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Albright College Biologist and Team Awarded National Institutes of Health Grant to Research Virus and Immune System Response

Aug. 18, 2015

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Assistant professor of biology Adam Hersperger, Ph.D., at work in his lab

Reading, Pa. – Albright College assistant professor of biology Adam Hersperger, Ph.D., is part of a research team that has received a grant from the National Institutes of Health (NIH) to study the interaction between viruses and a host’s immune response.

Hersperger is a co-principal investigator on the study, along with Laurence Eisenlohr, VMD, Ph.D., of Children’s Hospital of Philadelphia, and Rachel Roper, Ph.D., associate professor of microbiology and immunology at East Carolina University.

The R01 NIH grant, worth approximately $1.65 million over four-and-a-half years, will enable the researchers to study mousepox, or ectromelia virus, a lesion-causing disease that can be fatal in mice but doesn’t affect humans. Mousepox is not only safe to work with, but also a great model system to study virus immune responses, said Hersperger.

The researchers will hone in on the relationship between CD4 T-cells, which are critical to fend off viruses inside the body, and ectromelia, which is able to dampen the CD4 T-cell response, presumably to aid its replication and spread. The researchers will attempt to understand the viral mechanism of immune evasion in greater detail.

“This grant will look into an extremely important area of research that strives to better understand how pathogens interact with the host organisms they infect,” said Hersperger. “Our work will hopefully elucidate several novel mechanisms of viral immune evasion. It may also lead to new ideas for vaccines or therapeutics that target the immune system.”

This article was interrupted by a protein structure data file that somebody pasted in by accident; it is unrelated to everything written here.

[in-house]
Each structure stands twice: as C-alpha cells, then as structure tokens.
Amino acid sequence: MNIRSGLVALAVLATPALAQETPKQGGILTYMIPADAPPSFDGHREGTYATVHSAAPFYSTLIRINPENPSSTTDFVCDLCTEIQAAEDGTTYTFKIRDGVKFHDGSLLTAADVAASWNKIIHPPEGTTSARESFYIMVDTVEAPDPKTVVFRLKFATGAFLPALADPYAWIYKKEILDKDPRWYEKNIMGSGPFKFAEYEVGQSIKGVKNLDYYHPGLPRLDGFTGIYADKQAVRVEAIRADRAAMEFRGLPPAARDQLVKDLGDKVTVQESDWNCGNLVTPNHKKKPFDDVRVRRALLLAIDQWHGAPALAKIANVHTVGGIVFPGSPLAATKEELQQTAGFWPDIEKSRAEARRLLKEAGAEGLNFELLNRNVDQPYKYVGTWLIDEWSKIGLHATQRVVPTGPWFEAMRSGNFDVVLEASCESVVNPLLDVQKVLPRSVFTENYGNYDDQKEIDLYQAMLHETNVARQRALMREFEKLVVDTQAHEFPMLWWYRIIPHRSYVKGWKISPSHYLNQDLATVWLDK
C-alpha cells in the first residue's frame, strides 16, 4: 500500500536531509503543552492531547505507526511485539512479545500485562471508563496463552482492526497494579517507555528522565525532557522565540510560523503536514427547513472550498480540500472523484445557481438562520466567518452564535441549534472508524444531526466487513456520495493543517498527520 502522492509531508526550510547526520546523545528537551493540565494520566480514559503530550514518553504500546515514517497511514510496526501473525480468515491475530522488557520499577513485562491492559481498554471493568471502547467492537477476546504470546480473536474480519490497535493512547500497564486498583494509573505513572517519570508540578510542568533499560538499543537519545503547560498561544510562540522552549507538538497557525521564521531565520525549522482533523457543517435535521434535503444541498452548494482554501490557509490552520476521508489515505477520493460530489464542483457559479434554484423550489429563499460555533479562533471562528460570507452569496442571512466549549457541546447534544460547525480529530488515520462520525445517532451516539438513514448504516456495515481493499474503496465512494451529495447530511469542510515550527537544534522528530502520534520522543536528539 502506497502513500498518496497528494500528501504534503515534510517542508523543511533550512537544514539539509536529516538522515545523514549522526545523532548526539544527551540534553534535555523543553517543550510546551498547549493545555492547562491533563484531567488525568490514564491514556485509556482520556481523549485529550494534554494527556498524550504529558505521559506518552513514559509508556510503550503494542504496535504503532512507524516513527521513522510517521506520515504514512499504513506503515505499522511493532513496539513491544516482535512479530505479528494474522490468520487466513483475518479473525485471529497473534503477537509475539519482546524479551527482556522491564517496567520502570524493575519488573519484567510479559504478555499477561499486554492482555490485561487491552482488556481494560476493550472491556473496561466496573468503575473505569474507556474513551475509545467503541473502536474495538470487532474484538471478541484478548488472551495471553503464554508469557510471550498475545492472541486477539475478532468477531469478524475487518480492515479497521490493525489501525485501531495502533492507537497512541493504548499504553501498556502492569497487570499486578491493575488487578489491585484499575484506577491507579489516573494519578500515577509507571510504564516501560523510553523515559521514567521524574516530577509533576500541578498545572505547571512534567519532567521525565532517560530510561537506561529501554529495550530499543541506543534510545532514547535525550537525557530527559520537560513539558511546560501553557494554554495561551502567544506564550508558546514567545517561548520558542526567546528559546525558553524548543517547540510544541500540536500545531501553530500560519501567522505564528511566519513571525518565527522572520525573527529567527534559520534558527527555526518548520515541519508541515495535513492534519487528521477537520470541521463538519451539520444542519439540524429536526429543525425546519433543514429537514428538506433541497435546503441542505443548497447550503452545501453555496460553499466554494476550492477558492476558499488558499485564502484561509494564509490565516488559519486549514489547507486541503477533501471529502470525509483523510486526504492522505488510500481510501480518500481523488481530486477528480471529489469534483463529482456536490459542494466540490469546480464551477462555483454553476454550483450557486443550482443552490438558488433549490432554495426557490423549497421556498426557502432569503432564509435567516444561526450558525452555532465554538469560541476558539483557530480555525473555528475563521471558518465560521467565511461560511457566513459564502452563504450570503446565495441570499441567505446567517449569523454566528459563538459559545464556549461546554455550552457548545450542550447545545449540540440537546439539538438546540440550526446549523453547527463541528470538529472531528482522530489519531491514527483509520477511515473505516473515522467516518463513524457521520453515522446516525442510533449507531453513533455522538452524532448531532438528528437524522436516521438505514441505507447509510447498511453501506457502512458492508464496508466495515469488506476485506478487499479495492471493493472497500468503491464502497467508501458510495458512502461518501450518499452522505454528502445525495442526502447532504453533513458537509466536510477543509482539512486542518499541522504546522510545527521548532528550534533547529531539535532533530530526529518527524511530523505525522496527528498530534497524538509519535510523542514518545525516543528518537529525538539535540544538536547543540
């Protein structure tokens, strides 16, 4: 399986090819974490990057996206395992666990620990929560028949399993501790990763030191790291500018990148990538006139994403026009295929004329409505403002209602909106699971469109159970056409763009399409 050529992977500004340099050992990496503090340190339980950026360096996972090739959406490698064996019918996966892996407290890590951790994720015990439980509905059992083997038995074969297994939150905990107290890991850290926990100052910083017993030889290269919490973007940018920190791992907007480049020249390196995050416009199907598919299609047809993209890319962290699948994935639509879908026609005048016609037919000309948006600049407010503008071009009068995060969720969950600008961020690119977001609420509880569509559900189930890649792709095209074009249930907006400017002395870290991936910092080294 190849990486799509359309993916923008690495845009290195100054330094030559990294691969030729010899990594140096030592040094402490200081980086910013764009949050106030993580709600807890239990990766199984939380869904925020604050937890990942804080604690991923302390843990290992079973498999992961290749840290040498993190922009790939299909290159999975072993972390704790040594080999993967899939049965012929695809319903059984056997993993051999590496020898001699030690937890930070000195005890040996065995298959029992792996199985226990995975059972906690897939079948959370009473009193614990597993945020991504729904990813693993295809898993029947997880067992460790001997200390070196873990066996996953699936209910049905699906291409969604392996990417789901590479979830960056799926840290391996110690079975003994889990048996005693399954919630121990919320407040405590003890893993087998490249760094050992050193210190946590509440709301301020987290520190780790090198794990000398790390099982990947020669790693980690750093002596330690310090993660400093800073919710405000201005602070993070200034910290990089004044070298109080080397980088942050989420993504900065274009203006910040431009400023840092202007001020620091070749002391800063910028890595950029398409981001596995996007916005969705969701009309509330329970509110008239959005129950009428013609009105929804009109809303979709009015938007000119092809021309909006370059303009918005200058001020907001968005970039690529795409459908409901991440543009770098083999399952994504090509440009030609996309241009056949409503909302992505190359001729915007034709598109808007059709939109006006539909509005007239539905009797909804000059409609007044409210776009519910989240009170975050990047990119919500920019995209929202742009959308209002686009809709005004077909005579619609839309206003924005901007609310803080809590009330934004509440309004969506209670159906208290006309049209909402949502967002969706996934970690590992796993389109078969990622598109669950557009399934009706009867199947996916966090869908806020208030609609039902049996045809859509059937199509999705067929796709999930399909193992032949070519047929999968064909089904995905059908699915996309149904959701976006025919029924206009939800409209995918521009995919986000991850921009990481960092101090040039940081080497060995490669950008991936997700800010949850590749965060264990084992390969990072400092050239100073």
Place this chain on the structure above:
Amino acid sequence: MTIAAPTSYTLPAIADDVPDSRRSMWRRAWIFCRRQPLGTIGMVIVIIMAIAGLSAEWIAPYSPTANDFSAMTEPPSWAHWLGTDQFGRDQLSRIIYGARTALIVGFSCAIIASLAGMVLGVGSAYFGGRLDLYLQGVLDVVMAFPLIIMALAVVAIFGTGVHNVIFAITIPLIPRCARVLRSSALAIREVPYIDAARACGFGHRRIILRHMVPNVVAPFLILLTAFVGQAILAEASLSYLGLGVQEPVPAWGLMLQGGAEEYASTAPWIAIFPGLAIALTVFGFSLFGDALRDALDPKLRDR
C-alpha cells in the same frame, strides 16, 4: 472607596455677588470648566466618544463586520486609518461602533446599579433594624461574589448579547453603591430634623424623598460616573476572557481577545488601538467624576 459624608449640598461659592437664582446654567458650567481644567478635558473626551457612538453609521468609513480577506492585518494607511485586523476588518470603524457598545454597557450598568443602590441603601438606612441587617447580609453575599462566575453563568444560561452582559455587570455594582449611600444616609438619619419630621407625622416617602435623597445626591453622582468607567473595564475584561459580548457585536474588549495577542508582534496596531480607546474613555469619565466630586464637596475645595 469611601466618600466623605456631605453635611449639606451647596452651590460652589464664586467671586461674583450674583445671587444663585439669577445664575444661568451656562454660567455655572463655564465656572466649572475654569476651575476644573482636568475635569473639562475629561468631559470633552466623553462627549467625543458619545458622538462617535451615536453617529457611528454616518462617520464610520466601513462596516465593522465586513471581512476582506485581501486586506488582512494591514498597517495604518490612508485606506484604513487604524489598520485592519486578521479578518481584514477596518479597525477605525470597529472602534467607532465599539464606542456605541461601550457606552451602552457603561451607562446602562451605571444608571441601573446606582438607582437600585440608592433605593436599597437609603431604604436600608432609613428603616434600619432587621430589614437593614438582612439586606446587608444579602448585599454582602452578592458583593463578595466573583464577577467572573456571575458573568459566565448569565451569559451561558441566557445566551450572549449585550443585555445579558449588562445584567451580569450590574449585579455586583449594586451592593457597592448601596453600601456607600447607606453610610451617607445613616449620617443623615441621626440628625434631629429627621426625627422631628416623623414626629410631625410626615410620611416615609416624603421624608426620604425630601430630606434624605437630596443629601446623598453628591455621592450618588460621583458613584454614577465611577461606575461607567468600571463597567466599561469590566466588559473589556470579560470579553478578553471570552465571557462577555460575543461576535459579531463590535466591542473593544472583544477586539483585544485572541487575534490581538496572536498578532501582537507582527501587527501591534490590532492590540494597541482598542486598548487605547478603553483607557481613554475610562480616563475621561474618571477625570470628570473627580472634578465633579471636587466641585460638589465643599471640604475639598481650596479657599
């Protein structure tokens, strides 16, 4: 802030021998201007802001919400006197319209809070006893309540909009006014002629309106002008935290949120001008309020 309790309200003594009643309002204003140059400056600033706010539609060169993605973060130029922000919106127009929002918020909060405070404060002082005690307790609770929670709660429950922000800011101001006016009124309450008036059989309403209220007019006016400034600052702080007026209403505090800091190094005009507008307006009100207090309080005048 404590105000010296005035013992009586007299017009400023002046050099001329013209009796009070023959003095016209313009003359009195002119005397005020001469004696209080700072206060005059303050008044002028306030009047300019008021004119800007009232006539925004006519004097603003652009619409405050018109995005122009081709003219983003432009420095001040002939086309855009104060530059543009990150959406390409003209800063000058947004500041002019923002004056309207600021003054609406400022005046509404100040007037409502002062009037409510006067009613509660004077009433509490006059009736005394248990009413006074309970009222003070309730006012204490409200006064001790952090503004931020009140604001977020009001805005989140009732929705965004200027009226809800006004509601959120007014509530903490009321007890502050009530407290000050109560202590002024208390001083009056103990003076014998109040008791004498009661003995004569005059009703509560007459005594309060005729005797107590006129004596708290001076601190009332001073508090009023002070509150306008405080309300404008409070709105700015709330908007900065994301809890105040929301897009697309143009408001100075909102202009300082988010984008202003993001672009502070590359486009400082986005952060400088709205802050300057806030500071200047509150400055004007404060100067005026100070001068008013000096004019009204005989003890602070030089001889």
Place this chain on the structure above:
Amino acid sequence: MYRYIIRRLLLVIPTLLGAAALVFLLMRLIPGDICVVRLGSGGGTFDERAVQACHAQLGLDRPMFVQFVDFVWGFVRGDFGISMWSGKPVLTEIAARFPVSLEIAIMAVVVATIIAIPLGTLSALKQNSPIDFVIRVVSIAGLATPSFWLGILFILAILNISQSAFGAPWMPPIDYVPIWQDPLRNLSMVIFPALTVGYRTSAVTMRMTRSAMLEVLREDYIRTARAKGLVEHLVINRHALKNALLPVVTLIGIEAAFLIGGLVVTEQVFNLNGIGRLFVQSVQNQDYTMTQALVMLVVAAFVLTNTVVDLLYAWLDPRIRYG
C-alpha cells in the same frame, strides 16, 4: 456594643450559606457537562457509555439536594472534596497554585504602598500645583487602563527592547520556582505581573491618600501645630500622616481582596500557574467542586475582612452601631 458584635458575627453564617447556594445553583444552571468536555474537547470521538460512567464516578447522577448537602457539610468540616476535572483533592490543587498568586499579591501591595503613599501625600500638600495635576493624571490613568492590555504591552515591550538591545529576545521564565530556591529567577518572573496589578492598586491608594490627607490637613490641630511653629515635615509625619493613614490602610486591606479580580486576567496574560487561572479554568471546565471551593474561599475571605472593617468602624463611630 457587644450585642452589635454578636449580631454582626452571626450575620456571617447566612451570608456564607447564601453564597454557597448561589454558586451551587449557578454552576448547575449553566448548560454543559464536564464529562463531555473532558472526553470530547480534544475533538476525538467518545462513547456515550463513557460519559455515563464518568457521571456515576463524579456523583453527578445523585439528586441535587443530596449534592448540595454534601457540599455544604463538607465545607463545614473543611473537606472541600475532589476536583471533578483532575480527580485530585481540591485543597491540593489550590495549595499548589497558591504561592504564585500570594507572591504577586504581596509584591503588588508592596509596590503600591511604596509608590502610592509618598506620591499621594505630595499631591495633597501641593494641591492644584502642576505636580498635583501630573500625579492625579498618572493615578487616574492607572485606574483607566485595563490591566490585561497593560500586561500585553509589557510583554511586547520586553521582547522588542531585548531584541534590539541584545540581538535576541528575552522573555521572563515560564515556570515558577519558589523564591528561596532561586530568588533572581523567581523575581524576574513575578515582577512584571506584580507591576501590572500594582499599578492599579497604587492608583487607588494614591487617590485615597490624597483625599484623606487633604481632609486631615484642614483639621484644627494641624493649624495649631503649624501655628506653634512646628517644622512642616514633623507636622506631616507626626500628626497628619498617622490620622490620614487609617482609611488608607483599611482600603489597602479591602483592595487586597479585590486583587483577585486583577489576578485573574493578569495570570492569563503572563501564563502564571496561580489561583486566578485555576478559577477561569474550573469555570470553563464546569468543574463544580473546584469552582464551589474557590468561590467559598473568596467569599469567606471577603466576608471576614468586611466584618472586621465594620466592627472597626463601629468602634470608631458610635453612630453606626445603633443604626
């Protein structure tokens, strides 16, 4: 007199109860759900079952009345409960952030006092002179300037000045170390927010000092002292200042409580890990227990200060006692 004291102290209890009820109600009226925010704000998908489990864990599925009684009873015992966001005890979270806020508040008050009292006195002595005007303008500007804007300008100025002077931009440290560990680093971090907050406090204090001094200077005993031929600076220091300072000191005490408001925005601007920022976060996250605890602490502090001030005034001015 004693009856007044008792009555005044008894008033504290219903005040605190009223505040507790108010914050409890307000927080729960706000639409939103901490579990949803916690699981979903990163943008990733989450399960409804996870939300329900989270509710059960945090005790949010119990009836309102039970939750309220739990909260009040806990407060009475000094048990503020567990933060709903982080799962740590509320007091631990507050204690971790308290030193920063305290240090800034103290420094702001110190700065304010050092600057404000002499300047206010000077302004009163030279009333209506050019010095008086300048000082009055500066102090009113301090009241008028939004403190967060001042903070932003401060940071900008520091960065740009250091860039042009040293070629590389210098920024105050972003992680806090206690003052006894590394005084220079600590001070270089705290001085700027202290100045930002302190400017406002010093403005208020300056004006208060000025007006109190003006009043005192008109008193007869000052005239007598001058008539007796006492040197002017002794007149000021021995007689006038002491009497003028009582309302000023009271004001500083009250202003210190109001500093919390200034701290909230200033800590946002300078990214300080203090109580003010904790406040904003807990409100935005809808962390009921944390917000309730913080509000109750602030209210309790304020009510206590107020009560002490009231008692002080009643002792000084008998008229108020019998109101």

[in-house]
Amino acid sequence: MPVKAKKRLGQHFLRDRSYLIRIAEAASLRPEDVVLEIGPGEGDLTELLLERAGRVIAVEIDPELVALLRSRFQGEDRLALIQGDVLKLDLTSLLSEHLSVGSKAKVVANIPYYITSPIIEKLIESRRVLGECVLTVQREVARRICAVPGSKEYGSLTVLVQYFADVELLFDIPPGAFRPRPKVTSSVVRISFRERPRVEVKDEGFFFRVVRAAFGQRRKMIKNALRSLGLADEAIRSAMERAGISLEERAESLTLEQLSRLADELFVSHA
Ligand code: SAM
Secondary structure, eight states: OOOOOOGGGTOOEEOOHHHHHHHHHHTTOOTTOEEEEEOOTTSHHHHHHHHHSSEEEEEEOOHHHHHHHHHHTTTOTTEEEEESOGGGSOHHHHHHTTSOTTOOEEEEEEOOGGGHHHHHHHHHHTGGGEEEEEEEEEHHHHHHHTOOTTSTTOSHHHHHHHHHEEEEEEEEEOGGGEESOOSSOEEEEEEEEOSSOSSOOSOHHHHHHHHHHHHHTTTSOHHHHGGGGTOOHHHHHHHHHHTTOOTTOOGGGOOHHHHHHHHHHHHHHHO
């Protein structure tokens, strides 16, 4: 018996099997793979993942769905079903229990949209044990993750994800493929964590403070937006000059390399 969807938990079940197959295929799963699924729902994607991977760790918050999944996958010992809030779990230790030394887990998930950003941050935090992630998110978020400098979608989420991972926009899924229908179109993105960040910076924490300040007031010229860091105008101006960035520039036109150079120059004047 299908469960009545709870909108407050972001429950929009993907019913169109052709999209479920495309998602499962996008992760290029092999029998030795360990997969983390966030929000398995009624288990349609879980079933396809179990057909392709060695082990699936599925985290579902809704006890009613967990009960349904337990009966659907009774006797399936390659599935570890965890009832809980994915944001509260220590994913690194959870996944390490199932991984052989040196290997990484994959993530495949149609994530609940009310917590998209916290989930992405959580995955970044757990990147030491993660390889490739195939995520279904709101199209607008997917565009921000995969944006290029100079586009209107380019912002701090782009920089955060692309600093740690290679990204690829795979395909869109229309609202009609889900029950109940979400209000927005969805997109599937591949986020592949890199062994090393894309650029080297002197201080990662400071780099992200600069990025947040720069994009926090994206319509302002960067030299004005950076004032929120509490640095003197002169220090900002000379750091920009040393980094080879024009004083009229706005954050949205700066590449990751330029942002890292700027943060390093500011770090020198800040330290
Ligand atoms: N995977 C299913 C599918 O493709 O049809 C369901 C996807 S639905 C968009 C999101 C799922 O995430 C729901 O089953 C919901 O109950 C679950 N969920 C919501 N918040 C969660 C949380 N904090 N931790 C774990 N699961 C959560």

Hersperger will be allocated more than $160,000 of the funding over the life of the grant to cover equipment maintenance, laboratory supplies, and a research student's salary each summer of the grant period. Albright students will be selected to work on the study through the Albright Creative Research Experience (ACRE) program.

All three researchers will conduct aspects of the work in their respective laboratories. Hersperger and his students will create several strains of mousepox virus that will be used to complete various goals of the grant. Some of these viruses will be shipped to Eisenlohr to conduct infection studies of live mice in his lab. Albright does not house laboratory animals.

The researchers also hope to better understand the inhibitory mechanism of the B22 protein produced by the virus, and much of that work will be performed in Hersperger’s lab at Albright.

“This grant will provide valuable resources to conduct my research and allow me to involve numerous undergraduates over the next several years in these pursuits,” said Hersperger.

The three researchers have been interacting regularly for several years. Hersperger conducted his post-doctoral work in Eisenlohr’s laboratory while the latter was at Thomas Jefferson University in Philadelphia. In fact, Hersperger’s work there was the impetus for this study.

The study of poxvirus biology is important for human health, as some of these viruses can jump from animals to humans. A number of poxvirus outbreaks have been reported in recent years, sometimes with fatal results. Monkeypox has affected parts of Africa, while the United States had several dozen confirmed cases in 2003. And the threat of smallpox and monkeypox being used as biological weapons persists.

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Founded in 1856, Albright College is a selective, national liberal arts college enrolling 1,700 full-time undergraduates and more than 800 adult learners and graduate students. The College’s flexible interdisciplinary curriculum, strengthened by a close-knit residential learning environment, encourages students to combine majors and disciplines to create individualized academic programs. Close faculty mentorship, numerous experiential learning options, and a diverse, supportive community of scholars and learners help students exceed their own expectations and graduate with a commitment to a lifetime of service and learning. Albright College is located in Reading, Pennsylvania.

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